Divorce Procedure

Why Divorce?

A divorce occurs when a married couple decide that for whatever reasons, they wish to terminate their marriage.

There may be many reasons why people may eventually decide to get divorced, it can be a costly process and can cause great stress to both parties involved.  The main reasons for divorce are:

  • adultery by either part

  • unreasonable behaviour by either party

  •  Irrevocable differences

How do I begin the proceedings?

The first step towards getting the divorce process started is a form called a “petition for divorce” this is also known as form D8. You must fill in three copies of this document:

  • One for yourself
  • One for the court
  • One for your partner.

You can get this petition either from a solicitor or from the HM Courts Service website, once it has been filled out you take it to a divorce county court, or to the Principal Registry of the Family Division found in London. It is important to note that you cannot file for divorce unless you have been married for one year, you will also have to state the reason for wanting a divorce on the form.

What do I do next and what happens?

  • You will only be granted a divorce if a judge agrees that the marriage is at an end or in legal terms if the marriage has “irretrievably broken down”.
  • Once your completed form has been returned to the divorce county court, the process of divorce has been started. The person who started the proceeding is known as the “petitioner” whilst the other party is known as the “respondent”.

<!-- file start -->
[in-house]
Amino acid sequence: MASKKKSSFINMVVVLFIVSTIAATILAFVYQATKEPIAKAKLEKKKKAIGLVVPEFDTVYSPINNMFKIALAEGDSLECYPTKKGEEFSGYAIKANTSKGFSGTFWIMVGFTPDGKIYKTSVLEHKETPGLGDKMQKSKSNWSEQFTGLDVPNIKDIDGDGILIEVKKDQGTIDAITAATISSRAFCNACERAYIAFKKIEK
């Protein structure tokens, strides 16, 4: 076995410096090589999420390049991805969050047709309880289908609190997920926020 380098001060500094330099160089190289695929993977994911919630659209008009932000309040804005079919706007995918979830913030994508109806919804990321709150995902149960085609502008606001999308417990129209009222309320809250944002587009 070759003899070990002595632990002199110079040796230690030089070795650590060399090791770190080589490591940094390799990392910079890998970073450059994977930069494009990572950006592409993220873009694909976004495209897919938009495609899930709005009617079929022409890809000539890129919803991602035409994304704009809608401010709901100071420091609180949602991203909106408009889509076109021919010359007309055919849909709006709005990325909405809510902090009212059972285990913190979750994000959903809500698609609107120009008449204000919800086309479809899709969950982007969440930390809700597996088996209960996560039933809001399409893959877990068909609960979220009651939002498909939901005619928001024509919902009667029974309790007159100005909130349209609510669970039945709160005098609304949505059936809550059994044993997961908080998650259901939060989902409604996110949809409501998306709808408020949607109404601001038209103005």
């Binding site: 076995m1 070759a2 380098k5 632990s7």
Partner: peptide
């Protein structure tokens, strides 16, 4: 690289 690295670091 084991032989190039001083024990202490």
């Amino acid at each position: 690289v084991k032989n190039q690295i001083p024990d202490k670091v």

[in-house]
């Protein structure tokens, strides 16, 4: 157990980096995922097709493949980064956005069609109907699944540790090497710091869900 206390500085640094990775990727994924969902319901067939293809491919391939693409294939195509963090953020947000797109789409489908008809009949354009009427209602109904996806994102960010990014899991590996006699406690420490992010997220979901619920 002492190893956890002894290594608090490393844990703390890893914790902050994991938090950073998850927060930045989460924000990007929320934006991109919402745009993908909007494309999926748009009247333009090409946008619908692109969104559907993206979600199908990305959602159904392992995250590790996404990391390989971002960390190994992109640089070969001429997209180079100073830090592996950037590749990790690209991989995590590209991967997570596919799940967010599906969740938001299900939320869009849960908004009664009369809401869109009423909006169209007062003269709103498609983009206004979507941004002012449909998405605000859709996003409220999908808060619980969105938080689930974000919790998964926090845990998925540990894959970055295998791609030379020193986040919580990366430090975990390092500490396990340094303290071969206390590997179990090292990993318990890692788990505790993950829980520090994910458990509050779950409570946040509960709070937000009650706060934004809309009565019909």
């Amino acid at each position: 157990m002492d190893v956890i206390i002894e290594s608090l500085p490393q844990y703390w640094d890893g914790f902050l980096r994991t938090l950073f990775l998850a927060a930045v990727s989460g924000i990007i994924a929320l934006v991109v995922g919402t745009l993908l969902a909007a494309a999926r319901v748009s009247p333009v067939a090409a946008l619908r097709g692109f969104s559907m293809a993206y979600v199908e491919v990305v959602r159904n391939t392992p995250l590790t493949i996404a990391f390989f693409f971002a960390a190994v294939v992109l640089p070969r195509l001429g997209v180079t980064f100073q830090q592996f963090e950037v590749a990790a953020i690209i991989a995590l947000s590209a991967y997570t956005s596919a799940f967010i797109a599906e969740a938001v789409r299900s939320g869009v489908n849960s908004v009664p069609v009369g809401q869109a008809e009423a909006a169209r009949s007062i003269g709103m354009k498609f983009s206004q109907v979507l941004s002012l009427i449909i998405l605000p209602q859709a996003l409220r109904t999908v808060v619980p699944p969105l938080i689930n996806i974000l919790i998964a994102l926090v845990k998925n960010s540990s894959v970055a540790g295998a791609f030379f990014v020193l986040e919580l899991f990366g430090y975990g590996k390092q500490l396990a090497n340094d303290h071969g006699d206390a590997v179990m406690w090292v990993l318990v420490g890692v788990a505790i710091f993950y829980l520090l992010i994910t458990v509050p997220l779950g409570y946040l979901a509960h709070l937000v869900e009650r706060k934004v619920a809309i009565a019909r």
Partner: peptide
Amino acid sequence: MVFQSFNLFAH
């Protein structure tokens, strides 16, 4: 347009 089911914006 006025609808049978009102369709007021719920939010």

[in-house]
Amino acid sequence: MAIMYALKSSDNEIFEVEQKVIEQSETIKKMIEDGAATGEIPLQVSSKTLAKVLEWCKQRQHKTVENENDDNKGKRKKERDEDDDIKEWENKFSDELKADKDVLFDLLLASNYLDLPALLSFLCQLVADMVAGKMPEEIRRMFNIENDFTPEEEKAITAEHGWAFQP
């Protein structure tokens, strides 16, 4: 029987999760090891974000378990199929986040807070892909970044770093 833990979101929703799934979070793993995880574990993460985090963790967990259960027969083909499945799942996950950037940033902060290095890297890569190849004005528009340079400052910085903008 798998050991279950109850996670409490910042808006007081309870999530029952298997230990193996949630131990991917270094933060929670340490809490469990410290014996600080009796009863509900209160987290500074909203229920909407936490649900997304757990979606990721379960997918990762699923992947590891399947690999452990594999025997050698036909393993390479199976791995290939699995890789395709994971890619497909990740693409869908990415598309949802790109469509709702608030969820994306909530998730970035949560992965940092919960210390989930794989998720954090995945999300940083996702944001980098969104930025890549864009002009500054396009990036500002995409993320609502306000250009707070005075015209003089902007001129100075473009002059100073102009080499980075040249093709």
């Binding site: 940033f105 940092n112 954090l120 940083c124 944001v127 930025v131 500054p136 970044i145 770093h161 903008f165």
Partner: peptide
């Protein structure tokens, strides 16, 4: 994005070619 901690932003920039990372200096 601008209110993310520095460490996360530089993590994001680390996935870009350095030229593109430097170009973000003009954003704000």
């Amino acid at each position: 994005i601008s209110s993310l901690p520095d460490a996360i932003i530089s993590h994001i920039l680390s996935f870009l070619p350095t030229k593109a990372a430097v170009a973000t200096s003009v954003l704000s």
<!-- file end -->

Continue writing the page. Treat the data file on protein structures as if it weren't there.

• Copies of your marriage certificate along with details of any children involved and the name and address of any persons with whom either party has committed adultery (if you wish to name them) must be supplied.
  • The next stage is referred to legally as “Serving the petition” – this basically means that a copy of the petition is posted to the husband or wife, they then have eight days to acknowledge the petition.
  • If however, they do not do this you will be contacted by the court and asked for further details. If it becomes necessary it can be arranged for a court official – otherwise known as a bailiff – to serve the petition in person.

What happens next depends entirely upon whether the husband or wife contests or agrees to the divorce. If there are children involved then the court will need to examine arrangements made for them and agree, this includes who they will reside with, and what access or contact they will continue to have with the non-resident parent.

Decree Nisi – What is this?

This is the next part of the proceedings and this is the first stage towards getting an actual divorce.

  • Once the judge has reviewed all papers and information given, they will decide if they are satisfied that there are sufficient grounds for a divorce.
  •  At this stage you may be required to attend court, but this is unusual and usually takes place through the postal service.

Decree Absolute – What is this?

  • This is the final stage in the proceedings and can only be applied for six weeks and one day after the Decree Nisi.    If you do not apply then your husband or wife may apply for it but only after a further three months have passed. Once you receive the Decree Absolute, the divorce has been finalised and you are free to remarry.